SANAA, Yemen (AP) — Yemeni troops stormed Wednesday a military base overrun by suspected al-Qaida militants, and a senior officer said that the government had regained control of the compound after a three-day standoff.
It was not clear if soldiers reportedly taken hostage by the militants at the beginning of the siege have survived. Maj. Gen. Mohsen Nasser told the Associated Press that all the militants were killed in the operation, which followed three hours of intense clashes. He said hostages are believed to be freed, but he didn't have a count of the number held.
The gunmen had planted explosives and deployed snipers to keep security forces away, officials say.
At least 10 soldiers and security agents have been killed since the start of the standoff at the base in the eastern province of Hadramawt.
The militants, dressed in fatigues and riding in military trucks, overran the base on Monday and took an unknown number of soldiers hostage. The military sent in reinforcements and surrounded the building.
Nasser said the militants had refused to surrender, forcing authorities to storm the building.
The brazen attack and the standoff underscored al-Qaida's ability to stage ambitious attacks that exploit lax security in Yemen.
Meanwhile, a Yemeni national security court opened an investigation into three former top military officials including a nephew of the former president for alleged negligence in connection to a 2012 suicide attack on a military parade that killed more than 90 conscripts, security officials said.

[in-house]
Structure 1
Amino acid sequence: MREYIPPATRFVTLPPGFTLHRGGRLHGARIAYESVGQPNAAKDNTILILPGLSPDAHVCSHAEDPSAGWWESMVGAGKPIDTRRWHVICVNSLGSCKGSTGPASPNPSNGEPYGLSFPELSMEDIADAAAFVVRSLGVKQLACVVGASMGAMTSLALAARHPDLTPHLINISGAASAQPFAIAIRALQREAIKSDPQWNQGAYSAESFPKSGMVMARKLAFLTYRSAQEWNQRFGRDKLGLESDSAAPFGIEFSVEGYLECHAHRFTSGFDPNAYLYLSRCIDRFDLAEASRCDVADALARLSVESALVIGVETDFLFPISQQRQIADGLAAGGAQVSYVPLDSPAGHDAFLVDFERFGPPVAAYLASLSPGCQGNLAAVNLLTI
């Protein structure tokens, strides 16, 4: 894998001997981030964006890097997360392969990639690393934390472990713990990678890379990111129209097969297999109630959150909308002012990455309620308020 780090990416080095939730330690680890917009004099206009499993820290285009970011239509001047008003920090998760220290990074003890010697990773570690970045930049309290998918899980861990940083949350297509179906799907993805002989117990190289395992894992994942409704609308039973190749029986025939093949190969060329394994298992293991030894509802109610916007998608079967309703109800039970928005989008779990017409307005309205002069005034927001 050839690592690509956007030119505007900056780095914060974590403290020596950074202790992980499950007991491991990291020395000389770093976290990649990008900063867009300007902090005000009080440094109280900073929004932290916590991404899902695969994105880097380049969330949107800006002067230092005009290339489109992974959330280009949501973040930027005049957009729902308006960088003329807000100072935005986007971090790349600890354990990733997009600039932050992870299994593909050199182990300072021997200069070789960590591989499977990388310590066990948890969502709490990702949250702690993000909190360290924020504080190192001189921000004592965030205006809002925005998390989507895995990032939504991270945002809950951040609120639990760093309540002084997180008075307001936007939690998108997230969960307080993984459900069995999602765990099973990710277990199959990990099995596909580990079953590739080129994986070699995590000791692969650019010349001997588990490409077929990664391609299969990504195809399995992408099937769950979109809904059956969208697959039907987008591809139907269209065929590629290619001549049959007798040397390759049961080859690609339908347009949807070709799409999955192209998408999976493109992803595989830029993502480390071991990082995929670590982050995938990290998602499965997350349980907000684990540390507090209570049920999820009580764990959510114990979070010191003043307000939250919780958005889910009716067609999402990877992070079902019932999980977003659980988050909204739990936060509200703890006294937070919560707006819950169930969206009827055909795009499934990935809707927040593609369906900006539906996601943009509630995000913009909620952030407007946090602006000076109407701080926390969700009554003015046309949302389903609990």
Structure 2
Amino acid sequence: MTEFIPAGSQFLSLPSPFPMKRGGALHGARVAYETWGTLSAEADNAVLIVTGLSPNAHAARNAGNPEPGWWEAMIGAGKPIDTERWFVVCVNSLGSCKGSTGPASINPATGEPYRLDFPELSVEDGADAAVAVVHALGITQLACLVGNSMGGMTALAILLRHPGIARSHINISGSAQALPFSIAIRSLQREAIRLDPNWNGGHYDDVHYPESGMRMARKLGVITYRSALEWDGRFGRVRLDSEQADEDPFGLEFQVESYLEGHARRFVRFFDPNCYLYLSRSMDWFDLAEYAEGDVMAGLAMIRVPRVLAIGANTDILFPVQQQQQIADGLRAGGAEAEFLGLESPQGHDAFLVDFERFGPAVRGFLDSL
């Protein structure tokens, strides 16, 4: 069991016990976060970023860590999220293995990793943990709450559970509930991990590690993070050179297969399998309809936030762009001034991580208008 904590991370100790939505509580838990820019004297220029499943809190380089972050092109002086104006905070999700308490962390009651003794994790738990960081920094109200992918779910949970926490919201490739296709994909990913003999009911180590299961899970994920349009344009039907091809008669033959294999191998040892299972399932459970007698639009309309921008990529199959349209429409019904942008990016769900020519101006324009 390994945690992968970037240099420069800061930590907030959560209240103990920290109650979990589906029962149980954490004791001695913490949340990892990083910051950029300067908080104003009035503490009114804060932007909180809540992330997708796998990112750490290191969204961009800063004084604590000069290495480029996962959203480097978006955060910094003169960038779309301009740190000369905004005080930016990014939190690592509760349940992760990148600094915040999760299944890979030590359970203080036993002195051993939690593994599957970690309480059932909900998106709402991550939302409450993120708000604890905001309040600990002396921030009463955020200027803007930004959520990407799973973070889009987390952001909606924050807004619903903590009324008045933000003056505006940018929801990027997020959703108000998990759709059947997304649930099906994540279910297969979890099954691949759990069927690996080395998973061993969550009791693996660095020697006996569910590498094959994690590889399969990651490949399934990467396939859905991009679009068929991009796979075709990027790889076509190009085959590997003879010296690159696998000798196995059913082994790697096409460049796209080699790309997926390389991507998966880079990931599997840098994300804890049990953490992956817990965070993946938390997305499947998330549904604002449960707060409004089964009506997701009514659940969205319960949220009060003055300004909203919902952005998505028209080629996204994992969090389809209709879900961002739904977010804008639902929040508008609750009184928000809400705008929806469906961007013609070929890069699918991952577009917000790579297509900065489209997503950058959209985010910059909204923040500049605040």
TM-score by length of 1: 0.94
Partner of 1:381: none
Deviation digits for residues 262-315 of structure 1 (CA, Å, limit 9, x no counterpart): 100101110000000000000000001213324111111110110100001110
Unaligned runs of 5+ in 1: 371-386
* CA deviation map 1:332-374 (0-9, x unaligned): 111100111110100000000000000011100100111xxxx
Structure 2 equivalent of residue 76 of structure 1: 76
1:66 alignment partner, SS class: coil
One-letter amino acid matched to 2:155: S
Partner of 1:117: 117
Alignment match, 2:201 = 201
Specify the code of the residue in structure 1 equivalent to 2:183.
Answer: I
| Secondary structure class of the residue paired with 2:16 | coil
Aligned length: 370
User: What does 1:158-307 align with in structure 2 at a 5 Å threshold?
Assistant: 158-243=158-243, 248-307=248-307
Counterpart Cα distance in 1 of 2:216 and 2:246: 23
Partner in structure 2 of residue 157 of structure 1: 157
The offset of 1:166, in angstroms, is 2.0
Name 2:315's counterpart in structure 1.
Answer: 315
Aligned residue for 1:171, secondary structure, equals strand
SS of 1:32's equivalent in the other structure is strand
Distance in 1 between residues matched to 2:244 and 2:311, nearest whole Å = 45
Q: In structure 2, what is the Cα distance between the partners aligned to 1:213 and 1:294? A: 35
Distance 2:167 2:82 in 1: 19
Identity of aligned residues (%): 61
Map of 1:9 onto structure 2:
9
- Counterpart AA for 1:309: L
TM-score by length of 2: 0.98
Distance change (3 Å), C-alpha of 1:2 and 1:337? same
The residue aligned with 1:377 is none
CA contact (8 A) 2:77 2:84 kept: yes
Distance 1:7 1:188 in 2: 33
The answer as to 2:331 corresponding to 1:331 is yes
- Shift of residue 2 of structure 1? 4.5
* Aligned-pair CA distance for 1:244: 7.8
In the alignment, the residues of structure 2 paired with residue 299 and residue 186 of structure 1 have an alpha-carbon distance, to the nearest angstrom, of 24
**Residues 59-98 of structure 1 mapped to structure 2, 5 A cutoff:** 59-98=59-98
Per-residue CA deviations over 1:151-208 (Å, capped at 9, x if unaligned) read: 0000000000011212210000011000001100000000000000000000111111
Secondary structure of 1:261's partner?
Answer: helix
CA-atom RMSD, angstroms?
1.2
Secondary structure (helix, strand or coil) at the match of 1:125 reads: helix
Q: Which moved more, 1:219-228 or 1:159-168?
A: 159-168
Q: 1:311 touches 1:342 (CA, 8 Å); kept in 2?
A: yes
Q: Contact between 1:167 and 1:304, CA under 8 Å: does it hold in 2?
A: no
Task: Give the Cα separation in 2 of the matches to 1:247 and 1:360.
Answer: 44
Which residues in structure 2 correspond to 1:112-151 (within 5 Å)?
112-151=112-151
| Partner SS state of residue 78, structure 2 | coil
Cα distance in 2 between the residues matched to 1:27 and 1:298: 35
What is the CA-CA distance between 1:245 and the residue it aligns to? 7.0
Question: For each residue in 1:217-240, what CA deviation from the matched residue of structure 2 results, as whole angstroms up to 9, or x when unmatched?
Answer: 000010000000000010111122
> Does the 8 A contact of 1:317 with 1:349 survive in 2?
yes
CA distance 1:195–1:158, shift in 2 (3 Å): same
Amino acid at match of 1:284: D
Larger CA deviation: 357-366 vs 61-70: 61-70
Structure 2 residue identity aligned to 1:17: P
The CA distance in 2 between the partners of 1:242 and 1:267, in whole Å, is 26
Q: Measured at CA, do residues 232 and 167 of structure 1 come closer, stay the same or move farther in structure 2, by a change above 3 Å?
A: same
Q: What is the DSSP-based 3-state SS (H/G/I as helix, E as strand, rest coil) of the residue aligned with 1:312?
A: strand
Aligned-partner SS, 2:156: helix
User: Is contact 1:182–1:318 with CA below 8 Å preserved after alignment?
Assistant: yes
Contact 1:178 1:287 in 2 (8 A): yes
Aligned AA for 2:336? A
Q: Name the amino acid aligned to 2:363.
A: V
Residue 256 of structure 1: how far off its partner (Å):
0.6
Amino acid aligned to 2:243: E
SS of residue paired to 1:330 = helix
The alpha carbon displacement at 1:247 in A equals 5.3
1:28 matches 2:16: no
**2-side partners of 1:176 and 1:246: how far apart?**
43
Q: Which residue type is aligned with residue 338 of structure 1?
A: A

The court also sentenced five militants to up to ten years in prison for their role in the bombing in the capital Sanaa.
The court said the senior officials, including the nephew of former President Ali Abdullah Saleh, were not present during the attack. The court said this was evidence they were implicated in the attack, the officials said. Lawyers for the accused could not immediately be contacted.
Separately, officials say suspected al-Qaida militants killed four soldiers in an attack on a military checkpoint in the southern Hadramawt province.
Officials spoke on condition of anonymity because they were not authorized to brief the media.
The al-Qaida branch in the Arabian Peninsula is considered one of the most dangerous offshoots of the group in the region. The U.S. has supported Yemen's campaign against the group, and U.S. drones have targeted its members.
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